Boilerplate Disclaimer: Disney owns the various characters from the Kim Possible series.
NoDrogs created the twins, whose origin has been altered in my stories.
Duty, Duty Must Be Done, the Rule Applies to Everyone
After leaving the twins at school Kim and Shego drove downtown.
"Isn't it exciting?" Kim asked.
"That you'll sit around all week with ninety other people too dumb to get off jury duty? At least you drew a four day week."
"It's civic duty," Kim sniffed. "Have you ever done it?"
Shego chuckled, "Well, in my criminal days they didn't have an address for me, and now they can't call me."
"Because you're a lawyer?"
"No, they can call lawyers. Hell, they can even call judges. But they can't put a felon on probation on a jury – not in this state anyway."
"But felony doesn't stop you from being a lawyer?"
"If you kick out all the felons whole law offices would be decimated. They're a little more forgiving if you commit the felony before you become a lawyer. Ambrose Bierce, remember?"
Shego parked at her law office and Kim walked the two blocks to the courthouse.
Two people who worked for the court addressed the potential jurors and explained the system. Then a Red Cross volunteer asked them, since they were stuck in the courthouse anyway, how many would mind getting stuck with a needle?
Kim joined the volunteers giving blood.
She hoped to get called to a jury early, since her duty was over if she sat on one.
Kim felt lucky when her name was called for the first potential pool of jurors. But before she was even assigned a number a bailiff came in and whispered to the clerk.
"Go back and find a place to sit in the assembly area," the clerk told them. "Case settled."
Kim lingered for a minute, "Does that happen a lot?"
The clerk shrugged, "More often than a trial. A lot of lawyers suddenly see weaknesses in their cases when they know the jury is on its way."
Kim's name was called for a jury pool in the afternoon on her second day. As the potential jurors filed into the courtroom she waved at the DA, "Can Briana have a sleepover this weekend?"
"Sounds great. How are the twins?"
They sent Kim back to the jury assembly room.
"Are you not allowed to talk in the courtroom?" Kim asked as Shego drove them home that afternoon.
"I think the bigger problem was you knew one of the lawyers."
There were fewer potential jurors on the third day. Late in the morning Kim's name came up again for a pool. "Third time's the charm," she told herself as the bailiff led the group to the courtroom.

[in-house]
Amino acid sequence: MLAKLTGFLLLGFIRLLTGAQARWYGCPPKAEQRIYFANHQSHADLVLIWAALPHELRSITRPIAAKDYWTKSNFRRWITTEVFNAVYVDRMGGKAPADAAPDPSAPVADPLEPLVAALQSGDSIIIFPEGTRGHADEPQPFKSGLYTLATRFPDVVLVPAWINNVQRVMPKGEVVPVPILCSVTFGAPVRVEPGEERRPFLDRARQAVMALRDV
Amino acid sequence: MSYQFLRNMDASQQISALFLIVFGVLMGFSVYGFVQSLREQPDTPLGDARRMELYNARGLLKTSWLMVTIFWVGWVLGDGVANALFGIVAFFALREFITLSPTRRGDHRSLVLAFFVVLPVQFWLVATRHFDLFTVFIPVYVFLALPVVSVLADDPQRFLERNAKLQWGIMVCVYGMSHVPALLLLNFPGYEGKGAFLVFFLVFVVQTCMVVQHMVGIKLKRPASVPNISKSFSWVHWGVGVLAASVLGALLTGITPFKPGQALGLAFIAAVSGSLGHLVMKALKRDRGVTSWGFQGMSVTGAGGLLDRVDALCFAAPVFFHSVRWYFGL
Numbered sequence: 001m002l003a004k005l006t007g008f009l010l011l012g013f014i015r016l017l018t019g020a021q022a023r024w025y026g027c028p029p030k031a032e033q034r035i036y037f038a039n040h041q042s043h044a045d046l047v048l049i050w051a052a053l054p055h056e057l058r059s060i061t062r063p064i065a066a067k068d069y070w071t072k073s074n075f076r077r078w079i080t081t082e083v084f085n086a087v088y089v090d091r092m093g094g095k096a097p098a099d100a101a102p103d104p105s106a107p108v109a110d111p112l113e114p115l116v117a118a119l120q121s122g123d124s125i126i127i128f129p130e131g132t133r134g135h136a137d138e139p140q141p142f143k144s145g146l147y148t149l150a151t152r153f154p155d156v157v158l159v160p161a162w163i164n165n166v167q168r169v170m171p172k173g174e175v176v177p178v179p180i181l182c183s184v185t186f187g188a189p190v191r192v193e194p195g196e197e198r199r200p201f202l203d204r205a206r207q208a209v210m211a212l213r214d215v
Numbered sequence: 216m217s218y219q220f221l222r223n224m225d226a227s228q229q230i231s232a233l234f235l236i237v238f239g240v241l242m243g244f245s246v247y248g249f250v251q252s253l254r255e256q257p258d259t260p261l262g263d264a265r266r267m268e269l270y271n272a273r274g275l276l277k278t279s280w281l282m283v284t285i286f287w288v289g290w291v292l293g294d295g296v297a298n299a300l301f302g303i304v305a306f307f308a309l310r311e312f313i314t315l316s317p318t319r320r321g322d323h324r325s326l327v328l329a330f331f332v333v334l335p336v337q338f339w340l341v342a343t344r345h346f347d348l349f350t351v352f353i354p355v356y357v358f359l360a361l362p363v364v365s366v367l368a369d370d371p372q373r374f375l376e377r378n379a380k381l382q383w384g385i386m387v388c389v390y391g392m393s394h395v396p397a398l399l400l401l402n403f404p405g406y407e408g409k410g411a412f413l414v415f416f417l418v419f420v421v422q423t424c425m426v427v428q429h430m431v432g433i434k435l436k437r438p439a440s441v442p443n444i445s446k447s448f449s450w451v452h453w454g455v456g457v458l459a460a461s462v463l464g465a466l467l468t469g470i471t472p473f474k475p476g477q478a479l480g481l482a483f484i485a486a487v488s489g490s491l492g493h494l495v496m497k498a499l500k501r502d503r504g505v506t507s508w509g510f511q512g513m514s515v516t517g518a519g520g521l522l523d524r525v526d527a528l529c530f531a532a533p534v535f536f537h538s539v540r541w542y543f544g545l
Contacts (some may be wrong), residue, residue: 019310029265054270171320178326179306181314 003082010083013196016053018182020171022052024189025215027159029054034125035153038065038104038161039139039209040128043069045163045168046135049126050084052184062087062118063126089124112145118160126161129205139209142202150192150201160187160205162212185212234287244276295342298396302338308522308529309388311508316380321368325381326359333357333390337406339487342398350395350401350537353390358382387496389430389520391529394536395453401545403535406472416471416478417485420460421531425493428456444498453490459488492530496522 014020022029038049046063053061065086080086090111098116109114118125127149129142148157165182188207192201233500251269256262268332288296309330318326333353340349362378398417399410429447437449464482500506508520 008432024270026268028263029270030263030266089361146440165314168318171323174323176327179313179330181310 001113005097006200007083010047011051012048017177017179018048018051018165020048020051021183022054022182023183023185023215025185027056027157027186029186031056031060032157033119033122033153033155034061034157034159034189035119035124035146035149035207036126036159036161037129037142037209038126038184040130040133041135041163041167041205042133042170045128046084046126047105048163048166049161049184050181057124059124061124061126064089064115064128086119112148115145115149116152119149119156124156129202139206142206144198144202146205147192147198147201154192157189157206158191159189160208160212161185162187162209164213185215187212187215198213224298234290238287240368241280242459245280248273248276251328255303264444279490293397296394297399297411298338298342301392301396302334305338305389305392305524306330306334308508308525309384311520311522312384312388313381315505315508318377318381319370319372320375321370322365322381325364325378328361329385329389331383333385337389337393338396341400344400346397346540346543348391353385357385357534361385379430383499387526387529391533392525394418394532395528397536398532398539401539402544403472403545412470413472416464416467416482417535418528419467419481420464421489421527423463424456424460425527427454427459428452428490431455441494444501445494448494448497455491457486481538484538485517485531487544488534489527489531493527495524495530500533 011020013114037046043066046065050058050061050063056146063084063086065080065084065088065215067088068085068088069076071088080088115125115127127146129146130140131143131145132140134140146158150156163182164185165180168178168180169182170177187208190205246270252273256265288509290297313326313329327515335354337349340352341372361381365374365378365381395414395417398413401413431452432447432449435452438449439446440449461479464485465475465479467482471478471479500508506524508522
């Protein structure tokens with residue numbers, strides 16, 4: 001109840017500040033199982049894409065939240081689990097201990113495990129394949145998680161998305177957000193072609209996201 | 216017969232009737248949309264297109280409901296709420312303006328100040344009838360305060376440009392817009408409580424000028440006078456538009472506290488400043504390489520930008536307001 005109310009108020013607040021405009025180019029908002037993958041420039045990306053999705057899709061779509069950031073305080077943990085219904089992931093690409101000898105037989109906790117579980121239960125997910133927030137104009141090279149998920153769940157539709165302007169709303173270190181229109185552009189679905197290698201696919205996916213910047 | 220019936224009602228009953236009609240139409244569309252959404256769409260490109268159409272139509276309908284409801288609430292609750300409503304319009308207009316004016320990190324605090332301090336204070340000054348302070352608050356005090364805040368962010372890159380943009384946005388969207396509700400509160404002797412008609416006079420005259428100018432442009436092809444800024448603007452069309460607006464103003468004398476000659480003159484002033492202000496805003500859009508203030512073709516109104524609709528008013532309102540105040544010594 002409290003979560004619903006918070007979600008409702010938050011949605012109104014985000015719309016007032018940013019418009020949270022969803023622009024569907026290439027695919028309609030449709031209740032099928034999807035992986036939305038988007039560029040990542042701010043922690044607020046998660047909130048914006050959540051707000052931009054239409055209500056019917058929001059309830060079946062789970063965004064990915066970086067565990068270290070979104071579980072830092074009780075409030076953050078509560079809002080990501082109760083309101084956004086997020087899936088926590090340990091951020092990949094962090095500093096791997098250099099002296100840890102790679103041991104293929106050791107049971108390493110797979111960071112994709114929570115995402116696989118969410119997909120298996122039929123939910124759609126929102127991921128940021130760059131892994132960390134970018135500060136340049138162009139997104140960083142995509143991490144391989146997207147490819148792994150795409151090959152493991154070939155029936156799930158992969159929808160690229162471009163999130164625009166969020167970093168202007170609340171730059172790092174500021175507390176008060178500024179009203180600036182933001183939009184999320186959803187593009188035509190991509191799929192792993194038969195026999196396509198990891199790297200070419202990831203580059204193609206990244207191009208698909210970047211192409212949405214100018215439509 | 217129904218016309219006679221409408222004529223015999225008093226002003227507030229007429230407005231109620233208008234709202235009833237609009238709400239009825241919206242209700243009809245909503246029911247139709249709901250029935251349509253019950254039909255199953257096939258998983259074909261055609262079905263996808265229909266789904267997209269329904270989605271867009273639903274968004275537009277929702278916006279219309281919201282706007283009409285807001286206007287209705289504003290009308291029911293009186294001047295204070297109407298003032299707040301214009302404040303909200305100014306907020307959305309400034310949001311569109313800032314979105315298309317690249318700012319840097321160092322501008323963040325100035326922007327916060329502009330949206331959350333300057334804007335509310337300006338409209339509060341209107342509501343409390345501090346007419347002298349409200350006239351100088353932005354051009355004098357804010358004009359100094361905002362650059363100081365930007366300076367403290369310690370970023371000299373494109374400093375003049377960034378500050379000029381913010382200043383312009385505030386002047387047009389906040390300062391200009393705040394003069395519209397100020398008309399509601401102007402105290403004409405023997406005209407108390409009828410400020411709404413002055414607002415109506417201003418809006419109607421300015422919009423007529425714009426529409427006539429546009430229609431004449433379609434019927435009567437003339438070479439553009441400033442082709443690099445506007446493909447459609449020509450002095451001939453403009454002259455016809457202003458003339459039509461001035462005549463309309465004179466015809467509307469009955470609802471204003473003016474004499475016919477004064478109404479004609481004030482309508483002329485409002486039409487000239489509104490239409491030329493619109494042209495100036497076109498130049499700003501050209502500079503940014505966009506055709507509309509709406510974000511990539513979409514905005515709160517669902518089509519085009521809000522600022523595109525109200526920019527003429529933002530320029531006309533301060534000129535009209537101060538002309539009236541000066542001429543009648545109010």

A pale, greenish woman in a dark suit sat at the defense table.
"See you for lunch," Shego called as the bailiff escorted Kim back to the jury assembly room.
Kim did not want to get picked for a jury on her last day. If selected for a jury she would continue on it until the trial had ended. While the twenty-one dollars a day they paid her was terribly exciting she did not want to keep coming back.
She spent the morning reading, but immediately after lunch heard her name called again.
"We'll be going up to Judge Armstrong's courtroom in—"
"Judge Armstrong?" Kim interrupted. "Alice Armstrong?"
"I know her! Does that get me off jury duty?"
"Sorry, no. Now—" The bailiff looked at his watch. "We got to go."
As they walked briskly down the hall Kim asked, "Any chance the DA is representing the state?"
"Uh, sorry. Civil case, DA isn't involved."
Kim looked at the plaintiff's table as she came in the courtroom. She'd never seen the lawyer sitting there before. She looked hopefully over at the defense table, but didn't recognize the lawyer sitting there either.
One potential juror was a neighbor to one of the lawyers, and was dismissed from the pool. The Clerk of Court explained the case involved a property line dispute. Had any of the potential jurors "been involved in a lawsuit over property lines?" Two more potential jurors were dismissed.
"Go home," the bailiff told them. "Nothing else on the docket which would require a jury."
The Clerk continued, "Now, in the case of Mankey vs. Sullivan, are any of you acquainted with Joshua Mankey or—"
"YES!" Kim exclaimed loudly, pumping her fist in the air in triumph.
"Jesus, Kim," Shego complained as she drove them home, "you're an embarrassment to know."
"A hundred dollars for contempt of court? It wasn't contempt of court. I was just happy to be going home. And how can it be contempt of court if the trial hadn't even started?"
"From what I hear it was the way you said it more than what you said. Alice said she felt the need to not show any favoritism."
"You never told me she was a hanging judge."
"Civic duty, remember, Kim? This was going to be a week of education for you."
"I should have brought a better book with me," Kim grumbled, "I might have learned something."
Shego laughed, "You probably learned a lot of things about the system. People have to be able to trust the court system for justice. It isn't perfect, nothing is. But they do their best to remove any clear cases of favoritism."
"I guess," Kim sighed. "It's just that the first day I really wanted to serve on a jury, at the end I just wanted to go home."
"But there's good news!"
"I need some."
"In this state they can't call you again for four years."
Kim recognized the Ambrose Bierce quote: "Lawyer, noun, one skilled in circumventing the law." All lawyers, and their spouses, know the quote.